NUCLEOTIDE EXCISION REPAIR, CROSSLINK REPAIR AND TRANSCRIPTIONAL FUNCTION OF XPA IN HUMAN CELLS
Date of Graduation
Doctor of Philosophy (PhD)
Richard D. Wood, PhD
Karen M. Vasquez, PhD
Mark T. Bedford, PhD
Shawn Bratton, PhD
Rick A. Finch, PhD, DABT
Nucleotide excision repair (NER) in mammalian cells includes xeroderma pigmentosum group A protein (XPA) as a core factor. XPA and other NER proteins have been detected previously at some active promoters, and NER deficiency is reported to decrease activated transcription of selected genes. To determine the global extent of XPA influence on transcription, we analyzed the human transcriptome by RNA sequencing. We first confirmed that XPA is confined to the cell nucleus even in the absence of external DNA damage, in contrast to previous reports that XPA is normally resident in the cytoplasm and is imported following DNA damage. We then analyzed four genetically matched human cell line pairs deficient or proficient in XPA. At a false discovery rate of 0.05, 325 genes were common in all four pairs with a significant XPA-dependent directional change in gene expression. These genes were highly represented in pathways for the maintenance of mitochondria, metabolism and neurological system. Only 27 genes were regulated by more than 1.5 fold change. The most significant hits were AKR1C1 and AKR1C2, involved in steroid hormone metabolism, and the corresponding proteins were lower in XPA-deficient cells. Transactivation by retinoic acid caused a modest enrichment of genes involved in transcription-related functions in XPA proficient cells. The results show that XPA status significantly influences a small subset of human genes that are important for mitochondrial and metabolic functions. The results may help explain defects in neurological function and sterility in individuals with xeroderma pigmentosum (XP).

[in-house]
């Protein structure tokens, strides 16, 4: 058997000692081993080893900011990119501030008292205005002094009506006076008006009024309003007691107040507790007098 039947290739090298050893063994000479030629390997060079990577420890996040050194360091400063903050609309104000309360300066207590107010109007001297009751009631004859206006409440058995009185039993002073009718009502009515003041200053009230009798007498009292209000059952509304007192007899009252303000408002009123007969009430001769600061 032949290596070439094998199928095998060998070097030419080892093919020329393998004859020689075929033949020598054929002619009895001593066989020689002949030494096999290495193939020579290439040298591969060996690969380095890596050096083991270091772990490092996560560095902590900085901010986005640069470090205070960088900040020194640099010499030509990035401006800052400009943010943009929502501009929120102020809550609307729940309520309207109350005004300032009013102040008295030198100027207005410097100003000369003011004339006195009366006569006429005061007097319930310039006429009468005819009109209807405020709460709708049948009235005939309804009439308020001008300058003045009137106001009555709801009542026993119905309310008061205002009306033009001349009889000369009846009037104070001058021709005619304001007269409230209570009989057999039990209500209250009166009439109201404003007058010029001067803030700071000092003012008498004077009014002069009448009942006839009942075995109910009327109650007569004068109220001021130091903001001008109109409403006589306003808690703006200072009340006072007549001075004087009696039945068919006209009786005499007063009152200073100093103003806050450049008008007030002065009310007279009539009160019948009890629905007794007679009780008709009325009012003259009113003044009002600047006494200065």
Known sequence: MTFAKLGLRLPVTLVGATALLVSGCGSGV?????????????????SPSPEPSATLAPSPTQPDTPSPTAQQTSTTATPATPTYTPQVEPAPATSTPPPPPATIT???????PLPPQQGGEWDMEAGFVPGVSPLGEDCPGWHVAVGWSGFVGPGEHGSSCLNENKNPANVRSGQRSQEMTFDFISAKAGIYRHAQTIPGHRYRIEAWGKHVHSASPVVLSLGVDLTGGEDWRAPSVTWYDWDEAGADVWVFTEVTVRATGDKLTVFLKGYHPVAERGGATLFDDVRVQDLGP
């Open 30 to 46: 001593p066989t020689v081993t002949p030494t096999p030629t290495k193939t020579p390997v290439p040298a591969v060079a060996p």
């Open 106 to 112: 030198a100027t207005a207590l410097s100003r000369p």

An NER deficiency enhances sensitivity of mammalian cells to DNA interstrand crosslinks (ICL)-generating agents. I found that XPA is retained on damaged DNA following exposure to UVA-activated psoralen, and investigated repair of a triplex forming oligonucleotide (TFO)-directed psoralen ICL. A TFO-directed psoralen DNA ICL was constructed in closed-circular DNA. In NER proficient human cell extracts, incisions were detected on both strands of the damaged DNA 3’ to the psoralen ICL. Incision sites on the TFO bound strand were flanked by incision sites 40-42 nucleotides away from the ICL, with incisions 10-12 nucleotides away on the other strand.
Nucleotide excision repair, XPA, Interstrand crosslink, Transcription, DNA repair